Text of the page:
The connection is not immediately apparent in the Fireworks paintings, but it becomes more so in the Beach series. Like Diebenkorn, Beavis was concerned more with the land than the ocean; the proportion of sand and grasses usually outweighs water and sky. It is a refreshingly original take on ubiquitous Maine seascapes, which historically have focused on the rolling and crashing of the ocean. Also, Beavis, like Diebenkorn, often splits the canvas with enigmatic vertical planes, or by placing the central focal point of his compositions on the path dividing brush and opening to the beach, giving it definition with graphite lines.

But similarities end there. While stretches of sand, sea, sky and grass flirt with becoming purely abstract bands of color, Beavis never makes the leap entirely. These elements are always perceptually what they are, often heightened with texture created by mixing sand into paint or applying thicker gesso onto the surface before painting.

Tim Beavis, “Family series #4,” 45 x 45, 2001. Photo by Justin Lamkin Photography

The Sept. 11 terrorist attacks hit close to Beavis’s early experience of loss. This period spawned a highly emotional series that the Franks have hung in a front room they call “the chapel.” The works feature crosses and steeple-like forms painted in deep, earthy tones. Though not at all related to Mark Rothko’s color field paintings aesthetically (except, perhaps, in their palette of colors), they plumb similar spiritual depths to touch into the ineffable transcendence experienced by both those who have left and those who remain.

Beavis returned again and again to the highly successful Beach series between numerous other experimentations. In 2006, he drew inspiration from the quilts of African American women in Gee’s Bend, Alabama, which had hit the national exhibition scene in 2002-03 and became a marketing sensation, appearing on stationery, posters and other products. The Quilt series never really took off and, in light of the preceding body of work, it’s not hard to see why: They feel highly decorative, the patterns too ordered, even considering the variation of color within each module. Which is odd considering their source material. Gee’s Bend quilts had an irregular, almost improvisational spontaneity, while these paintings are more linked to traditional American quilt patterns like the Tennessee Waltz and the Log Cabin.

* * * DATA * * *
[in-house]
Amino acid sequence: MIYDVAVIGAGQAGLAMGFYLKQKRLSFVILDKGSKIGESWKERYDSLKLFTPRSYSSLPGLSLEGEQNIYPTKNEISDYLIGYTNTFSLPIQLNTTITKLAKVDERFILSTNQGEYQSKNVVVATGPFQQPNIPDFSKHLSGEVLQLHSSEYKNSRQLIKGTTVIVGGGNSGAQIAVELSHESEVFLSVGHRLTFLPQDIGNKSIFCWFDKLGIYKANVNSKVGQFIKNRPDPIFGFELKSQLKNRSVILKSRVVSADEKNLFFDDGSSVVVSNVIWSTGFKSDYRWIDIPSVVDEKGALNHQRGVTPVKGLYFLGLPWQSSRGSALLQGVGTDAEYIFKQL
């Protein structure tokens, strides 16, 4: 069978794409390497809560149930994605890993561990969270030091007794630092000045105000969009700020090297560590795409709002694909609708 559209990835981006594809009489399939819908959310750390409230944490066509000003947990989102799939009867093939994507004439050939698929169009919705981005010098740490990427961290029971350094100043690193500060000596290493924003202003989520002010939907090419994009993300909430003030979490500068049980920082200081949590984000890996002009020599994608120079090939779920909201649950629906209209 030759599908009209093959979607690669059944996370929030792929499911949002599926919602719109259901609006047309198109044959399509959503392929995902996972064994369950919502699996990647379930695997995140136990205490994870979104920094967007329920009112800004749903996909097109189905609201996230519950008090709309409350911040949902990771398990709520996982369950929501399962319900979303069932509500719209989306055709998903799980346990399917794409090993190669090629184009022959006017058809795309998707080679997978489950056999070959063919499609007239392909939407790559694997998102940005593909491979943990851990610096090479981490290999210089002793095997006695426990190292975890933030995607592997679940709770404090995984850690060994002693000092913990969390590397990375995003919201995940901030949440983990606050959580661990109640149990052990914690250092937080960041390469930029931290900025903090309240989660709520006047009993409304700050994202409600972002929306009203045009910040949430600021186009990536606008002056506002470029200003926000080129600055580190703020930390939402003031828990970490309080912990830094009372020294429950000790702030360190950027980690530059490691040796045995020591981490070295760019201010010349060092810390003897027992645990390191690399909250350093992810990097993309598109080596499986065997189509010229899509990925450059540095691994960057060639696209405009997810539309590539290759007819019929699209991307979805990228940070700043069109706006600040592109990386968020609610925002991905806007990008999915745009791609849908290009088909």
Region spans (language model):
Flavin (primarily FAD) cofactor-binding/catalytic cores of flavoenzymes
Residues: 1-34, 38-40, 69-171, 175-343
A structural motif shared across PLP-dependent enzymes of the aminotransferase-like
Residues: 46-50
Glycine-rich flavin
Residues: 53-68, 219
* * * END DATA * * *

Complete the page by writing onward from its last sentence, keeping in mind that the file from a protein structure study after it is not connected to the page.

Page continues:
Beavis painted images of sprockets in 2007, Mondrian-like tree abstractions in 2009 (among his favorites, he said), still life compositions in 2011. A brief detour into corrugated cardboard constructions returned him to his interest in pattern in 2012. In 2016, he started flattening out cereal boxes onto gessoed wood or canvas and painting lovely Constructivist abstractions over them.

When one considers that all this happened in just 25 years, it is impossible not to be astonished by the work of Tim Beavis. He painted right up until the day before his unique voice, so hard-won, finally quieted and settled into another dimension. The show will run through Dec. 31.

Jorge S. Arango has written about art, design and architecture for over 35 years. He lives in Portland.